Broker points to climate change as reason for rising home insurance rates

Home insurance rates are rising throughout Canada, and one broker is pointing to climate change as the cause.

A report from the Insurance Bureau of Canada revealed that the insured damage for natural catastrophes such as floods, storms, and tornadoes reached $1.9 billion in 2018. And insurance broker Traci Boland told CBC News that they expect premiums to rise even higher.

“I would say that they [insurers] are preparing themselves because our weather in Canada is becoming extreme,” Boland, a partner at Ontario West Insurance Brokers, told CBC News. “Our century storms are now every year and so they need to be prepared for this and do their due diligence and raise their prices so when these catastrophes happen, they have the funds available and they are able to help their clients.”

“This year, we’ve seen most of the insurance companies in Ontario take rate hikes and they’ve ranged from, on top of inflation, 5% to 10%.”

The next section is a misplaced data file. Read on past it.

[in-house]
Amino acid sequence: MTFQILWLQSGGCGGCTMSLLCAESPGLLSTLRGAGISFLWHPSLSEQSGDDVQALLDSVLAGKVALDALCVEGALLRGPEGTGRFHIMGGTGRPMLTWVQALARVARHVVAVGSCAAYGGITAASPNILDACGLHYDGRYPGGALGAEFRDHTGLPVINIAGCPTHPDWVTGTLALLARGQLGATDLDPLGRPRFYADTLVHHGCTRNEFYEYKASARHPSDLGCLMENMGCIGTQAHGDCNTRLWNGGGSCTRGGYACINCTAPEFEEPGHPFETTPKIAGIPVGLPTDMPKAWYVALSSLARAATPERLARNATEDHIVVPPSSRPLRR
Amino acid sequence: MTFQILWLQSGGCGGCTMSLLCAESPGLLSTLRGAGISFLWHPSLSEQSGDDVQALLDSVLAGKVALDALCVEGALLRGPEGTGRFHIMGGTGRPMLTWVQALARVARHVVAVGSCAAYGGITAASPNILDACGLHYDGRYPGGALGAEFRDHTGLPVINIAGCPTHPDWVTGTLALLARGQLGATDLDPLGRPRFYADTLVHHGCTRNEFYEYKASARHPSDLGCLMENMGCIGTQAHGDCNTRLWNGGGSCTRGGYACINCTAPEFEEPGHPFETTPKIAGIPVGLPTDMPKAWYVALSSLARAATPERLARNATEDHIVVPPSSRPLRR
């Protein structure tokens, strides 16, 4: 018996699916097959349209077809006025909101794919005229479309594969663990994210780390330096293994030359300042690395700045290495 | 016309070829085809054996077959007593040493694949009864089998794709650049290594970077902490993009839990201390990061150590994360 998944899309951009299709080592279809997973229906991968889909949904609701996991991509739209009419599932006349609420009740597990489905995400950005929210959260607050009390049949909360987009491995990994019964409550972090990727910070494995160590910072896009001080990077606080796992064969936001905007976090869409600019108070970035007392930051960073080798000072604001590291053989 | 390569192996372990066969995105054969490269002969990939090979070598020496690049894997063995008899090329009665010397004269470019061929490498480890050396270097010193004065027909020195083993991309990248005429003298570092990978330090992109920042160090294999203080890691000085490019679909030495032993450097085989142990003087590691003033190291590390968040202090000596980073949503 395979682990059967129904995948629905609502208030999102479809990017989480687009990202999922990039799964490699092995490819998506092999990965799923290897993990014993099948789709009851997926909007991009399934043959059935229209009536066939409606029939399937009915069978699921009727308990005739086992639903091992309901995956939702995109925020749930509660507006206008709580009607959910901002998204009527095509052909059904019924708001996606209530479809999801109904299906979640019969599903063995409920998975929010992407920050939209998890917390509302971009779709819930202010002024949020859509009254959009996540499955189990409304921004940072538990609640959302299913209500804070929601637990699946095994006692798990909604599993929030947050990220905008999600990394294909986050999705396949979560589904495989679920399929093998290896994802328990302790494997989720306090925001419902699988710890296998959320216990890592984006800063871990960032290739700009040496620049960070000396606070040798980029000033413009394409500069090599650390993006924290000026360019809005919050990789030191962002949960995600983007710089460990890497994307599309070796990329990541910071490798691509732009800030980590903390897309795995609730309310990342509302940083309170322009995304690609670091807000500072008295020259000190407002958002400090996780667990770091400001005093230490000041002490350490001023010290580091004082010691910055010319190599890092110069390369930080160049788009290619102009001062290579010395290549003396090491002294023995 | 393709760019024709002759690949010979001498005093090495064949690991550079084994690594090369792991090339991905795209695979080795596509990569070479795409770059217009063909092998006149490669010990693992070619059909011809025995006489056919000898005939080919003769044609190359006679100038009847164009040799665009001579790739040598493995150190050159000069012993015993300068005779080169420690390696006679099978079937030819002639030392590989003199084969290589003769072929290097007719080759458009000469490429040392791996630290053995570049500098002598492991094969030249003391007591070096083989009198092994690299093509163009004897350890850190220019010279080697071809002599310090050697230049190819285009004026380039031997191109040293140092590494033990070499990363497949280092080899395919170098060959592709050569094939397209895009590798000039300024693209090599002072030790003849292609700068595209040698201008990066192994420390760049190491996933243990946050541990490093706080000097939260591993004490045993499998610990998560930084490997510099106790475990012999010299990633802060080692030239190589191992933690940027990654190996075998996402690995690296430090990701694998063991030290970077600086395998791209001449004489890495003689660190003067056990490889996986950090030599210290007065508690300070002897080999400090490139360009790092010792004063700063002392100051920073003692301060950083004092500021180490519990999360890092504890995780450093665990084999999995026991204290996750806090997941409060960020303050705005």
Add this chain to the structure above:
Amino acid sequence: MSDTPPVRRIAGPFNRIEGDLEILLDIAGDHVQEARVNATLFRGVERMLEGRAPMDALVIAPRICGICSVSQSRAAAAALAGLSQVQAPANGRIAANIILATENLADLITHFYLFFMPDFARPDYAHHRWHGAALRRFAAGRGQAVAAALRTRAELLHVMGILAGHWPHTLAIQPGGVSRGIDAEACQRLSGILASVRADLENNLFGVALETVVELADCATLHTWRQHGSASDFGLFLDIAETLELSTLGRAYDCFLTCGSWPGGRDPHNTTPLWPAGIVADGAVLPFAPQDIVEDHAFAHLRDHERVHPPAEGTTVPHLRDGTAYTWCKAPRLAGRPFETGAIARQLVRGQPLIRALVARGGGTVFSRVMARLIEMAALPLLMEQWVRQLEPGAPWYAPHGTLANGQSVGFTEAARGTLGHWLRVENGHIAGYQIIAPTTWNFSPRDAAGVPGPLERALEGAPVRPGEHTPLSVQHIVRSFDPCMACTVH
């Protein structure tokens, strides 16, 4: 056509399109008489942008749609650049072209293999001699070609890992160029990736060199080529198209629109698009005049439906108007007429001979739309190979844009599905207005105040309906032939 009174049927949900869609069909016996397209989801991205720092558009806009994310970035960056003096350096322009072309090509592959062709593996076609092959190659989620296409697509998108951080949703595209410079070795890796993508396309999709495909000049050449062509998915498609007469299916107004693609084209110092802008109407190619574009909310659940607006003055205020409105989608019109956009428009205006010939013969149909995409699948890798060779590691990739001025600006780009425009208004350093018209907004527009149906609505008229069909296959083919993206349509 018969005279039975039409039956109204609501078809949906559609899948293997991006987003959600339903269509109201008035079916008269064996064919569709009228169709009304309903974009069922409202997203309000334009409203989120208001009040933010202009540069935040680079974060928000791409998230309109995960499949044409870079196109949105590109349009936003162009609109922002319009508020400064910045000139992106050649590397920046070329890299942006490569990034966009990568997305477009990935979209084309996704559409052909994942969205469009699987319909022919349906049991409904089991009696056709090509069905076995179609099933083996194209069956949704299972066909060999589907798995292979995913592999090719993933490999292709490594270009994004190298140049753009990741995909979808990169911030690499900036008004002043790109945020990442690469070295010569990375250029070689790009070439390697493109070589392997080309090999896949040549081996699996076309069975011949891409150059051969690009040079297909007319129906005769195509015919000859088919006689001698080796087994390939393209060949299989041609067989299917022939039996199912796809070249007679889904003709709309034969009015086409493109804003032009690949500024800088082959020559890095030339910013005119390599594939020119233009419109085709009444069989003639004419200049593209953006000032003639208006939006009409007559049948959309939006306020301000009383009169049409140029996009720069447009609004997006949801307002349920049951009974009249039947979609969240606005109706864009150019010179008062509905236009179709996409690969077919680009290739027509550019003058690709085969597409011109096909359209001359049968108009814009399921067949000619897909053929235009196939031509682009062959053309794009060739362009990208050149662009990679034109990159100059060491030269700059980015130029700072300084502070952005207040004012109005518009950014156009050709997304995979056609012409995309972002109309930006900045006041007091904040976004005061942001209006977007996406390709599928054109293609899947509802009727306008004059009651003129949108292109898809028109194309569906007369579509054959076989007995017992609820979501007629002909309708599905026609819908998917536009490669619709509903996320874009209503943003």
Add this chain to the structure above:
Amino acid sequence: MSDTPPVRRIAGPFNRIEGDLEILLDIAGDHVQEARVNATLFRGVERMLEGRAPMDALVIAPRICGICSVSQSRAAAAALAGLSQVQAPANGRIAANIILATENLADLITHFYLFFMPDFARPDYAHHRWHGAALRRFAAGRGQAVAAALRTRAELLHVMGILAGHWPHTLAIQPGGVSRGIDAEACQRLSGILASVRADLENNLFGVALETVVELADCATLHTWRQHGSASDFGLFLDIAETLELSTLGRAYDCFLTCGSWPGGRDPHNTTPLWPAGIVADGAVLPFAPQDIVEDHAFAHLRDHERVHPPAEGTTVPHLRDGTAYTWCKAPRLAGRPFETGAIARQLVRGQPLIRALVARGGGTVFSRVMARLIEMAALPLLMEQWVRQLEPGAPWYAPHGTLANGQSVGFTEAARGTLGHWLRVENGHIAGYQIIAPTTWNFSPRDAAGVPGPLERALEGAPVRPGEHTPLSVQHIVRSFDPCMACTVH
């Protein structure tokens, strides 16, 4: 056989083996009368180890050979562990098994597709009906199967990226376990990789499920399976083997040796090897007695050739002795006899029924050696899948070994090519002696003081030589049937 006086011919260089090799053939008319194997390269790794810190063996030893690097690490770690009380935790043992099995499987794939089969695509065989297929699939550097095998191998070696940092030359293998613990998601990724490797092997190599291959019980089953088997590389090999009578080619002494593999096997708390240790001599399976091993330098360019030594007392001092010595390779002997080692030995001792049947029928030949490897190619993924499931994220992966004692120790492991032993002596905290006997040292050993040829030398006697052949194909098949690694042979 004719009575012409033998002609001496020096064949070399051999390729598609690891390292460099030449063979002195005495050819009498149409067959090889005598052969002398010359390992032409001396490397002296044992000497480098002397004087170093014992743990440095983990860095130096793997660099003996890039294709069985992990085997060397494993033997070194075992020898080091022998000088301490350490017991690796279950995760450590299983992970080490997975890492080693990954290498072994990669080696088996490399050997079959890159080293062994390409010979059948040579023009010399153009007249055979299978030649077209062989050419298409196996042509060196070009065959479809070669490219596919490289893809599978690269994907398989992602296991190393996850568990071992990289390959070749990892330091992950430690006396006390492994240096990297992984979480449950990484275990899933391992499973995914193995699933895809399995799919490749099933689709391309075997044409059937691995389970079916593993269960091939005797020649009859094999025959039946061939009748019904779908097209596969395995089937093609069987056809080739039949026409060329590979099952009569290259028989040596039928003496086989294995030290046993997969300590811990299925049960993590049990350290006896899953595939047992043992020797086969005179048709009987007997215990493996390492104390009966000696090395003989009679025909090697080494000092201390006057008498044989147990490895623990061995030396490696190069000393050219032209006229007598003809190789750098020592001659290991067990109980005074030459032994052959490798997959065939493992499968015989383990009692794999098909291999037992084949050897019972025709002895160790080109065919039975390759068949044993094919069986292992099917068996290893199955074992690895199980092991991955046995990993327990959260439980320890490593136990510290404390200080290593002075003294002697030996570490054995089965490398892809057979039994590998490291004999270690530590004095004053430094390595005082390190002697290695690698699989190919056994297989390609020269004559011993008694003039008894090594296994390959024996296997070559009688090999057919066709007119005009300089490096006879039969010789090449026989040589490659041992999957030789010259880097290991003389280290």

According to Pete Karageorgos, director of consumer and industry relations of the Insurance Bureau of Canada (IBC), the rise in premiums is directly linked to climate change.

“Up until about a decade ago, on an annual basis, insurance companies across Canada were paying out approximately $400 million a year due to severe weather,” Karageorgos told CBC News.

“In the last 10 years, that figure has jumped on average to about $1 billion a year. Last year actually saw a record payout.”

To help with the rising costs, Boland said that homeowners can choose individual insurance policies that cover the most risk-prone parts of their house.

“If you have a fully finished basement, you want to make sure that you have enough coverage to replace everything,” said Boland.

“[But] If you have an unfinished basement, you can choose to only insure the furnace, washer, and dryer.”

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